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A-a south africa - drug treatment for heart rhythm disorders booklet.indd
Drug Treatment for Heart
Rhythm Disorders (Arrhythmia)
Promoting better understanding, diagnosis, treatment and quality of
life for those aﬀ ected by heart rhythm disorders (cardiac arrhythmias)
Irregular or abnormal heart beat
Glossary of terms
An internal treatment involving
identifying the cause of the arrhythmia and making
What do the drugs
a very small burn inside the heart, oﬀ ering a chance
What can I expect?
Implantable cardioverter deﬁ brillator
Can I take an
A doctor who has specialised in the
diagnosis and treatment of patients with heart
if I get pregnant/
wish to breast feed?
An antiarrhythmic drug
What about any
What should I do if I
feel really ill with my
How long will I take
Heart rhythm disorders, or arrhythmias, can be treated in a variety of ways. Some require no
What happens if the
more than reassurance after diagnosis, but others may need drug therapy, implantation
tablets do not work?
of an electrical device such as a pacemaker or
ICD, internal treatment (ablation) to remove an abnormal circuit (a focus or pathway) within
the heart or even a combination of treatments.
The correct treatment for your particular problem will have been discussed with you by your cardiologist or arrhythmia nurse; this brochure will attempt to answer any queries or concerns that you may have with regard to drug treatment for arrhythmias.
What do the drugs do?
Just as there are many diﬀ erent antibiotics to treat diﬀ erent infections, there are many diﬀ erent drugs to treat arrhythmias. These drugs tend to be grouped into classes, according to how they act on your heart, but drugs within the same class may aﬀ ect diﬀ erent people in diﬀ erent ways.
All of these drugs, however, are prescribed with two main objectives in mind;
1. To suppress your arrhythmia, maintain a normal heart rhythm and hence minimise your symptoms.
2. To prevent the development of prolonged or serious rhythm disturbances which might result in you suﬀ ering a collapse or coming to harm.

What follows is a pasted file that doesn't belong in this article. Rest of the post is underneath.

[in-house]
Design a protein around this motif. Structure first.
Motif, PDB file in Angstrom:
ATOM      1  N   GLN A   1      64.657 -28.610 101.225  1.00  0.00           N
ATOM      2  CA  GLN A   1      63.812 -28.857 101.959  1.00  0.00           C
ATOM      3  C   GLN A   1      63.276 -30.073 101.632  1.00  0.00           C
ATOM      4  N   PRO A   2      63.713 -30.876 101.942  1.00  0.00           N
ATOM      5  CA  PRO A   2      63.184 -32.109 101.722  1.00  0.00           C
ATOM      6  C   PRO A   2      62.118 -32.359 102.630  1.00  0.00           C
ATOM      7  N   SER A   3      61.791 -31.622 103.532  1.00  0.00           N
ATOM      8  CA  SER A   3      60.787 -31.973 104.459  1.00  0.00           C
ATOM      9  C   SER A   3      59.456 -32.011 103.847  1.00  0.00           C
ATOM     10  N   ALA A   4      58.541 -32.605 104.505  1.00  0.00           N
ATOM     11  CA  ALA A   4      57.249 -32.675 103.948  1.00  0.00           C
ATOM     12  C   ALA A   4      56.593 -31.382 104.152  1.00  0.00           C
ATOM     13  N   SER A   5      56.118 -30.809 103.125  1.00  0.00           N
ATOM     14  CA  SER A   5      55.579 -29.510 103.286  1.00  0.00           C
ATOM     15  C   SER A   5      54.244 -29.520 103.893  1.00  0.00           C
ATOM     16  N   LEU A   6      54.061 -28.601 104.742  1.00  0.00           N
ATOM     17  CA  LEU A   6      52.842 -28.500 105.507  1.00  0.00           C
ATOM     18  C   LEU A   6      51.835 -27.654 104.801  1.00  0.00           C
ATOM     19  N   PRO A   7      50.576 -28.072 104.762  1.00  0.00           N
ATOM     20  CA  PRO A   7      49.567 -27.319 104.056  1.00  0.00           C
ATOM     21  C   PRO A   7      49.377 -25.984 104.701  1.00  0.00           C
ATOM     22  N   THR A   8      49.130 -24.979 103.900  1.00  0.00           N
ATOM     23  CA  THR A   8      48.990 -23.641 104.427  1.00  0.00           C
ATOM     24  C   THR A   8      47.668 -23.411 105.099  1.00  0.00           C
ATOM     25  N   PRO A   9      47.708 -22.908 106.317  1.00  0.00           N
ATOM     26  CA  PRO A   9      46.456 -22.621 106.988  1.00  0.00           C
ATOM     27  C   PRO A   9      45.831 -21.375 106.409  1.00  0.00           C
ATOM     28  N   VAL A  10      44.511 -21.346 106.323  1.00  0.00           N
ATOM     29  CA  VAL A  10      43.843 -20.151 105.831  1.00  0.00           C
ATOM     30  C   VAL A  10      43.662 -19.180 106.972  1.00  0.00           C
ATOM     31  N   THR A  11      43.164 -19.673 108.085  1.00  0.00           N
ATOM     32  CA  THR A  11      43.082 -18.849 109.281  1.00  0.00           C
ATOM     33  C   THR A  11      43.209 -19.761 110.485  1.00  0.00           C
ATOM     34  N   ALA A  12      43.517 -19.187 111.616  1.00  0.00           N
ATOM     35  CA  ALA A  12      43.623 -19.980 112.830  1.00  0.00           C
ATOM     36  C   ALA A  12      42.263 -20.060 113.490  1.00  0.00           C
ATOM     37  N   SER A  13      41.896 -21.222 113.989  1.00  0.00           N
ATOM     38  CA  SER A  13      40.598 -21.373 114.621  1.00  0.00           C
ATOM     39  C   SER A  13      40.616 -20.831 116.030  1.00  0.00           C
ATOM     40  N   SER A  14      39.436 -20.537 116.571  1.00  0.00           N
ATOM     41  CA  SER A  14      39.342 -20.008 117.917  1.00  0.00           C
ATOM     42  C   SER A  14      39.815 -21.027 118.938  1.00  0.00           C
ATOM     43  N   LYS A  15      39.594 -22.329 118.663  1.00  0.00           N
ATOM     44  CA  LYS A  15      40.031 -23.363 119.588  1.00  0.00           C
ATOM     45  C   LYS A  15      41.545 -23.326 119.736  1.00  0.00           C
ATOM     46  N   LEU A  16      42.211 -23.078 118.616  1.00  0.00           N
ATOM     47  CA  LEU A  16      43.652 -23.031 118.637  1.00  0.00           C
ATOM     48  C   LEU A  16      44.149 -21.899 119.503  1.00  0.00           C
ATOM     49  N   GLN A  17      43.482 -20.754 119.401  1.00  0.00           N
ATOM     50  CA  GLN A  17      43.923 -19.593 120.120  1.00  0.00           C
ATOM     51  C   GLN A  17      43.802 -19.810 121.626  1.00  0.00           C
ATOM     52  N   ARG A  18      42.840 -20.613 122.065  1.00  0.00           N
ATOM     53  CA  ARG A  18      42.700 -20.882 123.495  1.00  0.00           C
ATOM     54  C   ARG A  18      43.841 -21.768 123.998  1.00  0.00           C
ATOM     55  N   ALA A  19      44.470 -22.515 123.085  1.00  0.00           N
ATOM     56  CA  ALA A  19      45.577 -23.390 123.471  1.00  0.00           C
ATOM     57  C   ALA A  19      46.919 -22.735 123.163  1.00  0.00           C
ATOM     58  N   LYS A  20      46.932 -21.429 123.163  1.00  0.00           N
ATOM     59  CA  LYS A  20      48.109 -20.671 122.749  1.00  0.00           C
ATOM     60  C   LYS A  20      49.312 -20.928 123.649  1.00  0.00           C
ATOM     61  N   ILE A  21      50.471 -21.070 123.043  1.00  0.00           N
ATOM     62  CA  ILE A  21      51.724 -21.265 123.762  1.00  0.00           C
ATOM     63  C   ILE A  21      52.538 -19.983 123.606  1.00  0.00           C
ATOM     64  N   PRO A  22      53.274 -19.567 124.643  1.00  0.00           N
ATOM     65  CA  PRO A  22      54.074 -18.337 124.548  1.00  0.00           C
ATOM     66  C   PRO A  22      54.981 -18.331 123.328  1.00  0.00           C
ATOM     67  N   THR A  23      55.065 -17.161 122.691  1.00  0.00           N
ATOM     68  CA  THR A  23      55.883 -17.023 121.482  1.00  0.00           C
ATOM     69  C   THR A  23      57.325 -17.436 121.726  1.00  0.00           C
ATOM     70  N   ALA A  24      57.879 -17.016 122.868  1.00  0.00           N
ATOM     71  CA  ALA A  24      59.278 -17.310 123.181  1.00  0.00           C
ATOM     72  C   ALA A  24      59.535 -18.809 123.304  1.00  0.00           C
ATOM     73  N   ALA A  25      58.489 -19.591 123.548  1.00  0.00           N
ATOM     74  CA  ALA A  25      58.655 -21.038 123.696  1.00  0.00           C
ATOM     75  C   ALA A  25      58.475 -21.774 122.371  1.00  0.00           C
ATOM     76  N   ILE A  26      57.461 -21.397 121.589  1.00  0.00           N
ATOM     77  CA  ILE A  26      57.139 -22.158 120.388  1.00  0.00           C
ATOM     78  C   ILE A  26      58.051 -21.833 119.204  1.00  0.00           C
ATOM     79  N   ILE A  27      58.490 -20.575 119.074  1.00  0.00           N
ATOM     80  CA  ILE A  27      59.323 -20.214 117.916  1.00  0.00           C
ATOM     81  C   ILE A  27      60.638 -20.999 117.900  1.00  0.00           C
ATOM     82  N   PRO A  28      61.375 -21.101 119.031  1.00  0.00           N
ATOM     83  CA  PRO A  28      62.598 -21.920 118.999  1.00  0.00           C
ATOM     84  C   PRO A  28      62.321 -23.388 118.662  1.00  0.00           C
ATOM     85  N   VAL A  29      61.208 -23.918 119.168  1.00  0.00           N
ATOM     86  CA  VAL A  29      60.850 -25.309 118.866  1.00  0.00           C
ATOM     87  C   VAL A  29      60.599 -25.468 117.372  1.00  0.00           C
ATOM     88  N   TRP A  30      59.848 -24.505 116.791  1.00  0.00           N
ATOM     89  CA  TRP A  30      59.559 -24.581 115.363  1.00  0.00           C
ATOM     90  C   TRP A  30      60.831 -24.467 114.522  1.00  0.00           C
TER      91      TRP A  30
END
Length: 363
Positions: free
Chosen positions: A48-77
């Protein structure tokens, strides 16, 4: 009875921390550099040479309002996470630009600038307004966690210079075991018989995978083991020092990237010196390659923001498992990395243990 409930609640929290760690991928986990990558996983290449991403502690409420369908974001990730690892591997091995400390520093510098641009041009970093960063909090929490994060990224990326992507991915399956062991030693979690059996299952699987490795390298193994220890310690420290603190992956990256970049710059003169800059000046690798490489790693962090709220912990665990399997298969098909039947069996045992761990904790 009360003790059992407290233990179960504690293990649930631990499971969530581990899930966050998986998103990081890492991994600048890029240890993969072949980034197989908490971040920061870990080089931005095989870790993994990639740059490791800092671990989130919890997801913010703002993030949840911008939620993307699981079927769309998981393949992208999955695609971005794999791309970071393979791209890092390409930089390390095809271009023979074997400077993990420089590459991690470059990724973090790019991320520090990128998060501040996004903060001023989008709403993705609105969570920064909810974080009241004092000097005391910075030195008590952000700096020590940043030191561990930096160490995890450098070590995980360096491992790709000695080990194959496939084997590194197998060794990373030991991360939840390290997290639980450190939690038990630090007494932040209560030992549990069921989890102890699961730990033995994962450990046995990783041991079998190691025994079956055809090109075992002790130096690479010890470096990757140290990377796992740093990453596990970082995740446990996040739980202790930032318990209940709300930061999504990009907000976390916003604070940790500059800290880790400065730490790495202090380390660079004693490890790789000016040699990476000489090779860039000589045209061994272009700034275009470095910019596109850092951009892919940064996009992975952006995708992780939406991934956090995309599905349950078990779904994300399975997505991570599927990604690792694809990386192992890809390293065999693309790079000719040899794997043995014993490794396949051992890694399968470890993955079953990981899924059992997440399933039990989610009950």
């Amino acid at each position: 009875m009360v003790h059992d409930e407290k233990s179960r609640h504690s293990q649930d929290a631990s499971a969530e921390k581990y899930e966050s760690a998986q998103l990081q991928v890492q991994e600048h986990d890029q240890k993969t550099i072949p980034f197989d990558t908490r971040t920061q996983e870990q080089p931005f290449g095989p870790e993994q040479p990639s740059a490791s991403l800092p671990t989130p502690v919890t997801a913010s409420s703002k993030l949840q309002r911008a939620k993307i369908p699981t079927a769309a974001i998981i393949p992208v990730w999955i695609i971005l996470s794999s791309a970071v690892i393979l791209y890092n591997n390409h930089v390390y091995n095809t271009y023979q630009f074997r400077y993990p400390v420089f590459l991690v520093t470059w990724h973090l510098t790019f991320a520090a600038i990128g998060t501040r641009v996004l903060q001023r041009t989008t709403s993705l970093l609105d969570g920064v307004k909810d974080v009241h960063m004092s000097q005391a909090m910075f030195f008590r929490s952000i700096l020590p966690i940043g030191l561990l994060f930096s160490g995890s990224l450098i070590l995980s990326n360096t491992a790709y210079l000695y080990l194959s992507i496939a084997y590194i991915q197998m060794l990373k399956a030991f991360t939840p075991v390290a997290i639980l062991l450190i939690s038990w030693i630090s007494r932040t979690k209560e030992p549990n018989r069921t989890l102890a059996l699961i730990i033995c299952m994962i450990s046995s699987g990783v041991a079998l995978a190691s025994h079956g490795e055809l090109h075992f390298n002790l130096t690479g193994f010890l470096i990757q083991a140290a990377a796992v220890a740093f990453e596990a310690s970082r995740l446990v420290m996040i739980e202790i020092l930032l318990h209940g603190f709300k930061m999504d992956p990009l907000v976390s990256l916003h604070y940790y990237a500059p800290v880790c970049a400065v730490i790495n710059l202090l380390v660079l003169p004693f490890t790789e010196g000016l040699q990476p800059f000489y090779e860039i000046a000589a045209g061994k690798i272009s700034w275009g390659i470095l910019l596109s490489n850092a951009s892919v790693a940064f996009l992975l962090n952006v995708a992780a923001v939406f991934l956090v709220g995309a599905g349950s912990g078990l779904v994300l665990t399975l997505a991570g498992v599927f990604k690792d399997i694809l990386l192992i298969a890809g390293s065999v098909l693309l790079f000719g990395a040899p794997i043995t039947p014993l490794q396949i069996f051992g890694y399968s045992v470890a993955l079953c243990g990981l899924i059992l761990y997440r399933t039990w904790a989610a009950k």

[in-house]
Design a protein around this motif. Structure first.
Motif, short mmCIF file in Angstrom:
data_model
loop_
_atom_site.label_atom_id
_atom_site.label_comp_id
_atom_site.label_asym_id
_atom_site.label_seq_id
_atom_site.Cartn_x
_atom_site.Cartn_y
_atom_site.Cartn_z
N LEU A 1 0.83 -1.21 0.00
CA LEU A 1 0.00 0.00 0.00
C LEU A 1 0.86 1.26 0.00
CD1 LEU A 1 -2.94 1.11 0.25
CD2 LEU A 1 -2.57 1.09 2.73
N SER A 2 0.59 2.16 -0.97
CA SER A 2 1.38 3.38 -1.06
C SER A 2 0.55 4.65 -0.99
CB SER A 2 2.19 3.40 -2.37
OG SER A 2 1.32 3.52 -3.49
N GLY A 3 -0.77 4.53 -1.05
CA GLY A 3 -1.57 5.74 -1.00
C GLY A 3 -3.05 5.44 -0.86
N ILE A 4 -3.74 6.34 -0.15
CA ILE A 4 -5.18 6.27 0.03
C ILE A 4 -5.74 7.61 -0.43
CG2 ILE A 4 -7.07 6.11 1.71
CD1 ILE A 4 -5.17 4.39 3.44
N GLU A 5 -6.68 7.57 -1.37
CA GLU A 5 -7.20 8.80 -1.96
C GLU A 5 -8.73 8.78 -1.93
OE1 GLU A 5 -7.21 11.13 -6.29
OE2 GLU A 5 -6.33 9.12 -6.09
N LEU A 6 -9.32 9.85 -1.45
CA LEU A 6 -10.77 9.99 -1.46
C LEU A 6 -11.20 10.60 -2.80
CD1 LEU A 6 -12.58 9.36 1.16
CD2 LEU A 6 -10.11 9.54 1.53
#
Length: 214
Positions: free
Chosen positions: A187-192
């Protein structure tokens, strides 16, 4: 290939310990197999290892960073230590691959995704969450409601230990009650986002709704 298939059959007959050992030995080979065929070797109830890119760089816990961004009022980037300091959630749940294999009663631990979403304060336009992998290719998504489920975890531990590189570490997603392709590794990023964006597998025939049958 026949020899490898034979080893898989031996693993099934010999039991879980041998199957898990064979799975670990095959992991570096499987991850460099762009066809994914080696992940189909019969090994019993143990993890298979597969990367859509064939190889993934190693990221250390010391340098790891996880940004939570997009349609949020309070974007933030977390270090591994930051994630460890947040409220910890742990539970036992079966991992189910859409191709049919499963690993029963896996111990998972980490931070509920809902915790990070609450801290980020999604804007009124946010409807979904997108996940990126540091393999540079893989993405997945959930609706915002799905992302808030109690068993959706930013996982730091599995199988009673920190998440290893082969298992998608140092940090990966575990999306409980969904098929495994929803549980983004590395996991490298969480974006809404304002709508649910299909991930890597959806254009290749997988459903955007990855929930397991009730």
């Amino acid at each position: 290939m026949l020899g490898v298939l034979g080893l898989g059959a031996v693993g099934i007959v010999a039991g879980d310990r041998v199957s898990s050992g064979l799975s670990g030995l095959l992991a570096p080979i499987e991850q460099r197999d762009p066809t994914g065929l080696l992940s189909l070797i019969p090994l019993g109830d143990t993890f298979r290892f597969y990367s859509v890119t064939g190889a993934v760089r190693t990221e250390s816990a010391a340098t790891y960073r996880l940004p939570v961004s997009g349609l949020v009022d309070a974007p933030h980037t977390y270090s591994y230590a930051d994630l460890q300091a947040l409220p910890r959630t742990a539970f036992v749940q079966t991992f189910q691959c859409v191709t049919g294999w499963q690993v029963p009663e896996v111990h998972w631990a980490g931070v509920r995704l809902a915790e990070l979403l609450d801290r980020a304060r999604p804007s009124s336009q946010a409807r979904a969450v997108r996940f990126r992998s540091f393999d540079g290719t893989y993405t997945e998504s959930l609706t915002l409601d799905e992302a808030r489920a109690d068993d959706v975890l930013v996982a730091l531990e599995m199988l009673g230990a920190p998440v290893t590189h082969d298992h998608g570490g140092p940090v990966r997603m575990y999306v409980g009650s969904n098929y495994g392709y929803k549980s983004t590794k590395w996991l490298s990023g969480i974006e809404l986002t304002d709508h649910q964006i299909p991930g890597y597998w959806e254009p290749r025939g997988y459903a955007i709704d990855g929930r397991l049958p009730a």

As a general rule, most serious (life-threatening) arrhythmias are treated with an implantable device (ICD) or ablation, but some patients may need to take medication in addition.
What can I expect?
Before commencing your drug (or drugs), your doctor should explain how many tablets you need to take and any likely or possible side-eﬀ ects that you might experience. Almost all drugs have some side eﬀ ects, and these side eﬀ ects vary from patient to patient, but as a general rule the more potent a drug the more likely it is to produce some side eﬀ ects. Drugs to control heart rhythm are usually quite potent, so are likely to have some side eﬀ ects.
As a result, the treatment you are prescribed is very often a compromise between the risks and symptoms associated with your arrhythmia and the side eﬀ ects of your treatment. “Successful” treatment may mean achieving a situation where you can live with occasional mild arrhythmias in order to avoid constant, unpleasant side eﬀ ects. Some of these side eﬀ ects only occur when starting the drug, so your doctor may start at a low dose and build up gradually to get the desired response.
This does not mean that you should suﬀ er in silence, however! If you have side eﬀ ects that you feel are not tolerable, you should report them to your doctor as he/she may be able to oﬀ er another drug that suits you better.
When you receive your drug(s), you will ﬁ nd a leaﬂ et enclosed that details all possible side eﬀ ects of the prescribed drug. It is important to realise that mostpeople get few or no side eﬀ ects, so don’t be put oﬀ taking your tablets by reading the leaﬂ et!